In a book review in Foreign Affairs, Professor Stephen Rosen, of Harvard, analyzes ‘The Future of War: A History,’ a new (late 2017) book by Sir Lawrence Freedman, a noted military historian. But he uses the “review” process largely as a platform to offer his own suggestions which I find to have considerable merit. After, first, taking Professor Freedman to task for some small factual errors, Stephen Rosen writes that “In setting up his main argument, Freedman approvingly quotes the political theorist Hannah Arendt: “Predictions of the future are never anything but projections of present automatic processes and procedures, that is, of occurrences that are likely to come to pass if men do not act and if nothing unexpected happens.” He goes on to survey the long history of this flawed thinking. After the seemingly decisive battles of the Franco-Prussian War and the Russo-Japanese War, theorists assumed that the outcomes of future wars would be determined the same way. Even figures such as the Polish banker Ivan (Jan) Bloch and the British politician Norman Angell, who saw in the early 1900s that sudden victories were no longer possible, predicted short conflicts, assuming that no one would tolerate bloody stalemates. After World War I, scholars anticipated the use of poison gas and economic warfare, but not the adoption of blitzkrieg. The Cold War nuclear standoff led some to argue that nuclear proliferation and deterrence would stabilize the global system, a prediction whose accuracy scholars are still debating. The collapse of the Soviet Union produced the famous “end of history” thesis, which heralded democratic peace and the permanent triumph of Western liberalism. The September 11 attacks led observers to hypothesize about religious wars of terror, neglecting the reemergence of great-power military competitions.” It’s almost like saying “what’s the point?” But, Professor Rosen says, “If a country cannot say with confidence where or with whom it will fight, it still may be possible to narrow down how it will fight.“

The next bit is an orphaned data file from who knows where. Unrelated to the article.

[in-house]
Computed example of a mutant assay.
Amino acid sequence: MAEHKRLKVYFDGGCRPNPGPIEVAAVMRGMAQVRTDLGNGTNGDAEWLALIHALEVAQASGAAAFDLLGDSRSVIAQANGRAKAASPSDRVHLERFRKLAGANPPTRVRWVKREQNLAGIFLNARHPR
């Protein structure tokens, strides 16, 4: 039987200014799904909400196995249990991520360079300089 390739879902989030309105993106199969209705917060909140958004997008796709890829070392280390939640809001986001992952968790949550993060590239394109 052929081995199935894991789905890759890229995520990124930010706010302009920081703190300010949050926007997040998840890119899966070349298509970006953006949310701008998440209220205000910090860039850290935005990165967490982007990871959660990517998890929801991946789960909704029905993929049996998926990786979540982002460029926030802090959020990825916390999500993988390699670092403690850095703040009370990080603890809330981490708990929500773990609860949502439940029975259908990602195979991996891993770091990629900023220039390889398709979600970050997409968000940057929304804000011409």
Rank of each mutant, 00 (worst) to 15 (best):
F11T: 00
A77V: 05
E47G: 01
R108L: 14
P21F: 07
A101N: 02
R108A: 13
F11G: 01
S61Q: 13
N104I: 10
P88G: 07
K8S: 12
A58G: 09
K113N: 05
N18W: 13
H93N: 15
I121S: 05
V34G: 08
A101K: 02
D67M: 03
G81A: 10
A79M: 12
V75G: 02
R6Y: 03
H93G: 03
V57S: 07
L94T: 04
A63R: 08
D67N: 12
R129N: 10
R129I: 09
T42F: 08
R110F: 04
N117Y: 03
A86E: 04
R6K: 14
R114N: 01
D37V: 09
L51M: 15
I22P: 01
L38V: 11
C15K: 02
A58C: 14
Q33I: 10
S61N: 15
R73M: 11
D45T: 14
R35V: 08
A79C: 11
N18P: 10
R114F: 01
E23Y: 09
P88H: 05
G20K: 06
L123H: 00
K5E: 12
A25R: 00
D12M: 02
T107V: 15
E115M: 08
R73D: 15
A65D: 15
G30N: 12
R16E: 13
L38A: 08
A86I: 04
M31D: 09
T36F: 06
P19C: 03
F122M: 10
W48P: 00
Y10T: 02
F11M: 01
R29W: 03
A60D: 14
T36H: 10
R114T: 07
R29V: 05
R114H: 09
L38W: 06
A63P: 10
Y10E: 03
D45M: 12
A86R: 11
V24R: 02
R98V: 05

“There are some constants,” Stephen Rosen says, “but the character of war does change—sometimes quickly, but more usually slowly. For example, the political scientist Stephen Biddlehas described how the increasing lethality of firepower has forced the steady dispersal of troops on the battlefield. This in turn has expanded the battlefield, gradually eliminating what had been rear guards and diminishing the time interval between the onset of war and attacks on the enemy’s heartland.” It’s important to remember that the allies “won” World War I without ever reaching German soil, and Japan surrendered without an allied soldier setting foot on the home islands but, especially in World War II, air power allowed us to attack the homeland from a (relatively, in infantry terms) “safe” distance ~ but don’t try to tell the people of London, Portsmouth and Coventry that they were at a “safe distance” from Germany.